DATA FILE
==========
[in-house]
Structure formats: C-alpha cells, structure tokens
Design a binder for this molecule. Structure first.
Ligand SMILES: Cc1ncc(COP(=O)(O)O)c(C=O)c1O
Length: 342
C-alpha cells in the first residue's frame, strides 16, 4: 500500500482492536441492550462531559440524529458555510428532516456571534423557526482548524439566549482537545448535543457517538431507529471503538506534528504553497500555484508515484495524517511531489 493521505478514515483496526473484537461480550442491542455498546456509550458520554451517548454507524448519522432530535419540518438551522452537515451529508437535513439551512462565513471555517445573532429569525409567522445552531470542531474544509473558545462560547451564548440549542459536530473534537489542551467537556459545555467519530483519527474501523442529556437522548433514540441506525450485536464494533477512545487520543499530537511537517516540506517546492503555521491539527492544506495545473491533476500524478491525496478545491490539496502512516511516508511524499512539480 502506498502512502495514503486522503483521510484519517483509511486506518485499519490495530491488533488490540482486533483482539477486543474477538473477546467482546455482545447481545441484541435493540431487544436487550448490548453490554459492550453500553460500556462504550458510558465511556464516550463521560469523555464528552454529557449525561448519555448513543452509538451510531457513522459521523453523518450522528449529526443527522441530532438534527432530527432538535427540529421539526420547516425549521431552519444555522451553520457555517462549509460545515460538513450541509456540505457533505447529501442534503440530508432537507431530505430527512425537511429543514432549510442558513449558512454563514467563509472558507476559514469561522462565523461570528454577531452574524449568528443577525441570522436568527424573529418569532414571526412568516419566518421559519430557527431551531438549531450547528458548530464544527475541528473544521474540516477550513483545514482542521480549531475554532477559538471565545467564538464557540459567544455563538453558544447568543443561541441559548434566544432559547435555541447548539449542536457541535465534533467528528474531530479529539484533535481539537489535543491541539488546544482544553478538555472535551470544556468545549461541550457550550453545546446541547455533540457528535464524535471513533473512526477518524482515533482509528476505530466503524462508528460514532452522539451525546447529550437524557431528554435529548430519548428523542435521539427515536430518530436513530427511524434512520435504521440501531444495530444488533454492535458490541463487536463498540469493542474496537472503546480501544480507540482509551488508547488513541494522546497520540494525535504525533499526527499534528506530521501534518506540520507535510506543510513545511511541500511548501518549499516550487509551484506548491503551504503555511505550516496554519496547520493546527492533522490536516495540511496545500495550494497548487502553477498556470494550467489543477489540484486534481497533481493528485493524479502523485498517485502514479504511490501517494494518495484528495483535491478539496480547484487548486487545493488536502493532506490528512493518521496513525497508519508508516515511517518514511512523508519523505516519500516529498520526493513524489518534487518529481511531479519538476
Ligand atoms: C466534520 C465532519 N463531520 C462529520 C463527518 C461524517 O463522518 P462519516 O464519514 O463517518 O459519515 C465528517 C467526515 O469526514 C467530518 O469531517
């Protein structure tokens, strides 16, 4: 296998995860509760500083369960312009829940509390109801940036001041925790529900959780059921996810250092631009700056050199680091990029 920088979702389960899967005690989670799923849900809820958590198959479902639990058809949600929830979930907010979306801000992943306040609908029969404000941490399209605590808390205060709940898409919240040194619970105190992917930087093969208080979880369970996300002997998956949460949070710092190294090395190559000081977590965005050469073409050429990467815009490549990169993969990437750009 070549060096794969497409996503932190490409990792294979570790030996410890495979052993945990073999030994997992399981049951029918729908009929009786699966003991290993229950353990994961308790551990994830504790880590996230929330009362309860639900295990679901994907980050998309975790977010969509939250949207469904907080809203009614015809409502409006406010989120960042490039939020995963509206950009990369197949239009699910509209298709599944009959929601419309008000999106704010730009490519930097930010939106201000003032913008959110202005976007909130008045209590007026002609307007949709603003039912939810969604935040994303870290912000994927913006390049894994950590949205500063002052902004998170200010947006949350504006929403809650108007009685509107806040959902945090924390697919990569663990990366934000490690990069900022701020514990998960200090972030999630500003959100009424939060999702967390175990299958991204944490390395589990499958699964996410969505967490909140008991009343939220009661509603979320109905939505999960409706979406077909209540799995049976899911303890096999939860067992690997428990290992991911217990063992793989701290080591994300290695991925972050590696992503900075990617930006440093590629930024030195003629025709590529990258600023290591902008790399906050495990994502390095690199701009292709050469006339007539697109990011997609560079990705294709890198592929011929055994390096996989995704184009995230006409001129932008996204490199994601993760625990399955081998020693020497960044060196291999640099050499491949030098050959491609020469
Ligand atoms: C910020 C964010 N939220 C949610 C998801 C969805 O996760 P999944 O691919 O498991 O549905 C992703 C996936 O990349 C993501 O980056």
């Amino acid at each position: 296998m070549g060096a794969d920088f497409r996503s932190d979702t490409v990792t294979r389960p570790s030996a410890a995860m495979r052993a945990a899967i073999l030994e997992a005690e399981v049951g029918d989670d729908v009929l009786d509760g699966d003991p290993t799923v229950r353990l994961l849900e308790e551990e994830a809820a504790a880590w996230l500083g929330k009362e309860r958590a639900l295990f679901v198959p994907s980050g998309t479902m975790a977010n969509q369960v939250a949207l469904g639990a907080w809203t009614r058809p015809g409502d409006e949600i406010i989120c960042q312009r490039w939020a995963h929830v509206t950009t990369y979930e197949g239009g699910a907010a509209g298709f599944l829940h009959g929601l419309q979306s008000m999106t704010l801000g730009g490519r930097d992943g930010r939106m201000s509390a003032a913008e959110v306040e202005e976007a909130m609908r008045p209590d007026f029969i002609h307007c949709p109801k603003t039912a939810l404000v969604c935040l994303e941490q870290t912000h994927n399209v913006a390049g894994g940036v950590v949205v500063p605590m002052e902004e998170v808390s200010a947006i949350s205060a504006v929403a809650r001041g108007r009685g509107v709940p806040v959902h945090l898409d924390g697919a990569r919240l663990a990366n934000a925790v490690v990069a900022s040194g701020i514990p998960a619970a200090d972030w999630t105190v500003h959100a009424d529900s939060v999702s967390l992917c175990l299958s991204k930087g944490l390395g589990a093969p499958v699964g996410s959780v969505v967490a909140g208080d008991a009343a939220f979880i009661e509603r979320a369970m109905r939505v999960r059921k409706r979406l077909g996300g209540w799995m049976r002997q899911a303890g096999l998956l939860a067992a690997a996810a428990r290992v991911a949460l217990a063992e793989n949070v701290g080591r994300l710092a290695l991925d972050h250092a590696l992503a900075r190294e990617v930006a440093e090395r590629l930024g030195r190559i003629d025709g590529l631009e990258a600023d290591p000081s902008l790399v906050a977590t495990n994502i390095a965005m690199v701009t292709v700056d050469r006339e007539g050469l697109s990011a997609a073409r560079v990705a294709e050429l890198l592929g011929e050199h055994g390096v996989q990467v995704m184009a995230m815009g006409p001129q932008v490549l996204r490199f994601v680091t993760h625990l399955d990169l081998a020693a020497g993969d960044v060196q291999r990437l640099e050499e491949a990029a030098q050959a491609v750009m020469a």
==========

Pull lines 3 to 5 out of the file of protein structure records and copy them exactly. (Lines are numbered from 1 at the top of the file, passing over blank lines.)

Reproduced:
Design a binder for this molecule. Structure first.
Ligand SMILES: Cc1ncc(COP(=O)(O)O)c(C=O)c1O
Length: 342